Monday, 12 January 2015

January's Guest Blogger; Open College of the Arts Student Jerry Allen


I’ve recently been having an email conversation with Jerry Allen, who has just signed up to do the Open College of the Arts ‘Life Writing’ course. He describes himself as  a ”nervous OCA novice”, but when I asked him to guest-blog for me, I loved what he had to say about his writing. I think he speaks for new writers everywhere…

Jerry says; This was taken in the Chittagong Hills.
The pipes were handed to me in a Mro village.
The Mro and the most remote Indigenous nation.
 
It has been a very long time since I studied.  I felt it would be helpful for me to formulate and express my reasons for taking this step. So here goes: 

My writing so far could be called “travel writing”.  Paul Theroux’s described travel books as boring, “self-indulgent, unfunny and rather selective” in ‘The Great Railway Bazaar’, where he broke the mould.  I want to write about people not sightseeing.  For example, the families that adopted me while travelling through India, the nuclear scientist on a bus in Iran, the people I’ve been squeezed against in Sri Lanka, the people escaping oppression, etc.  A good example of travel writing is the start of Ian Fleming’s “Thrilling Cities”, though it is a rich colonial’s view of the developing world.  He describes a journey by air to Hong Kong, the stopovers that were inevitable then and the often-annoying fellow passengers. 

I am a proud to be a member of a small, endangered tribe, or more correctly, an “Indigenous Nation”.  There are less than 2,500 Khyang people left in those beautiful jungle hills, we have lost land and will lose our language in another generation.  As I am from New Addington, where the Khyang “Nation” could fit in one block of flats, this may sound like a strange fantasy, but it is true.  I am desperate to write about the culture, language and plight before it is too late.  There is an urgency to describe their situation in an engaging way.  The most respected book on the tribes of the Chittagong Hills was written in 1869 by a young officer from a far posher part of Croydon. As a result of my experiences in the Tamil areas of Sri Lanka, I‘ve writen blogs for Amnesty International I feel I could contribute more if I could communicate and engage better.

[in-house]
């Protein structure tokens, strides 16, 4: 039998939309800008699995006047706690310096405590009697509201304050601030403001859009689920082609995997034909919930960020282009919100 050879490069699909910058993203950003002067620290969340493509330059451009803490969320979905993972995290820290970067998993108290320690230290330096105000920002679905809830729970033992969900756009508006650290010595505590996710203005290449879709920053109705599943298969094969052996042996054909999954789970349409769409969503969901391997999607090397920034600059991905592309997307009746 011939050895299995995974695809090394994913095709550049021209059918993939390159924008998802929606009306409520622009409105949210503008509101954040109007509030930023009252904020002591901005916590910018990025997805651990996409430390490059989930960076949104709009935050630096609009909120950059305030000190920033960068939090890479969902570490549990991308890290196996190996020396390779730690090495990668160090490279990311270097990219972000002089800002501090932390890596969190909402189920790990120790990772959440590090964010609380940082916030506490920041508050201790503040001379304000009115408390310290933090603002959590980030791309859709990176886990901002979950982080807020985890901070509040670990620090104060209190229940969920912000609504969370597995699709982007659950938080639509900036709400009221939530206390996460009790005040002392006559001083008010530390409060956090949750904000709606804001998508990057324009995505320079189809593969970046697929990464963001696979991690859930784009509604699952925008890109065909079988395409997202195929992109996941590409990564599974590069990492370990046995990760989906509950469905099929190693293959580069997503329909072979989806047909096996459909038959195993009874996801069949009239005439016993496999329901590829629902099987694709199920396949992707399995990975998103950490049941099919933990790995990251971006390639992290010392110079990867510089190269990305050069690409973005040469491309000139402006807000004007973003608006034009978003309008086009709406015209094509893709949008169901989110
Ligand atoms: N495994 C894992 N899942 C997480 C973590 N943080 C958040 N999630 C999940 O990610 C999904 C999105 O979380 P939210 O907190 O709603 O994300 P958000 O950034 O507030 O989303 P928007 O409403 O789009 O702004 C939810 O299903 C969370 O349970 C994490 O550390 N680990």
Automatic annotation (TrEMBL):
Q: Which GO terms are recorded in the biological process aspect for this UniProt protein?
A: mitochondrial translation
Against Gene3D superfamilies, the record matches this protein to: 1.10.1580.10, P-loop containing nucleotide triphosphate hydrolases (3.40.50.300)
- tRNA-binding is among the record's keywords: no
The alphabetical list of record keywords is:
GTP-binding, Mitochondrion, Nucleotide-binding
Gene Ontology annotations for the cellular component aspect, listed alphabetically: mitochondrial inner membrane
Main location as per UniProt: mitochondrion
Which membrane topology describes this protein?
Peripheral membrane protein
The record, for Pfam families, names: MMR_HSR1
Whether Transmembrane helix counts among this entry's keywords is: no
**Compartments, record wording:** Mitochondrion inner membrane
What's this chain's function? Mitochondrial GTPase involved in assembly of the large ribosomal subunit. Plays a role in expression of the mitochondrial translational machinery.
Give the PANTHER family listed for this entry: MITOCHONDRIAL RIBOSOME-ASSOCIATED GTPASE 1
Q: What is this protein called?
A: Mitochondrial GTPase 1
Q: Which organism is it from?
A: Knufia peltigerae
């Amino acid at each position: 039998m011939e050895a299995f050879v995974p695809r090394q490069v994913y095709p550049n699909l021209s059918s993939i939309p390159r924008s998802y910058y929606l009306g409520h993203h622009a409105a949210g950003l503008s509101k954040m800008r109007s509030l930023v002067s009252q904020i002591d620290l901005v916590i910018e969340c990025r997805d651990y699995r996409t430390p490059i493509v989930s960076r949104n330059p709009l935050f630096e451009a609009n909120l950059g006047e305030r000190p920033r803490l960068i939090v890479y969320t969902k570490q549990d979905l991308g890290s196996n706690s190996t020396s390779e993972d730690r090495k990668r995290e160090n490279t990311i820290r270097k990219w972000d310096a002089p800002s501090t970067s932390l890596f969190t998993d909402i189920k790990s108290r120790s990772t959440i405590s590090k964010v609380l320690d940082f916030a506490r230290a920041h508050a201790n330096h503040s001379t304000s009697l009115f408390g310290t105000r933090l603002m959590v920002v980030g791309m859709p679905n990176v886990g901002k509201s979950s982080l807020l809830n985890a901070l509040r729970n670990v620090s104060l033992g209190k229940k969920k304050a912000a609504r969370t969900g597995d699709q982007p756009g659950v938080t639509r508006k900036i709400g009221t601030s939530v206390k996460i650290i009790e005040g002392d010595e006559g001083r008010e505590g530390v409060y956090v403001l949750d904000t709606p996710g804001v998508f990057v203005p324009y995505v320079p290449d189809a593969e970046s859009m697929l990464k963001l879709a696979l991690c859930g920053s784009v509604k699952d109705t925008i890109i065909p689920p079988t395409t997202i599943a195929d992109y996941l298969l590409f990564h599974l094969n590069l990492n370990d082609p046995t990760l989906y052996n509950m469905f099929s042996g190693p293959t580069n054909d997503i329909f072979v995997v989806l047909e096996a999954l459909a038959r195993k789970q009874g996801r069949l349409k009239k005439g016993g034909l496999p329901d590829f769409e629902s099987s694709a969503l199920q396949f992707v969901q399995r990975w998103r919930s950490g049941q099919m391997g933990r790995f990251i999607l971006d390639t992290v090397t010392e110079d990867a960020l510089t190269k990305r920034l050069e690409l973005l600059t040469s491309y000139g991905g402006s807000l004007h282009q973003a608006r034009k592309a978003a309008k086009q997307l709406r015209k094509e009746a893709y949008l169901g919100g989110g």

So what do I want to do with the writing course I’ve signed up to? I want to write a love story.  My wife and I have gone through extraordinary struggles, battling with 2 governments.  We are an unusual couple, as people frequently note, and our love is very strong. 

But, it seems difficult for a man to write romance. A writer friend who has had romances published, suggested they should have a certain narrative structure. Finding a way to tell our love story and express my feelings avoiding triteness will be a challenge. 

‘Railway Man’ by Eric Lomax describes the horrors of being tortured in a Japanese prisoner of war camp. The book approaches his life chronologically, while the film starts with a love story.  A troubled man in his 60s falls in love with a woman he meets on a train and she helps him come to terms with the horrors of his past.  

My writing ambition began when I unexpectedly arrived back in England with my leg in a cast after years in Sri Lanka, Bangladesh, Tajikistan and Bangladesh.  I found myself in a culture that I could not understand, in an unfamiliar small town.  For once in my life I was forced to sit still.  It was winter and, as I got more mobile, the snow kept falling.  This gloomy point was when the urge to look at my life and to write started.  Still in plaster, I limped into a writing group meeting.  They found my writing “quirky”.  But their writing and the exercises evoked an unfamiliar, comfortable world and I felt increasing intimidated.  

Even so, I’ve kept going and now I’m ready to study LIfe Writing. From that low point, the happiest time in my life developed. 

You can comment on this post, or ask Jerry questions in the comment box below.

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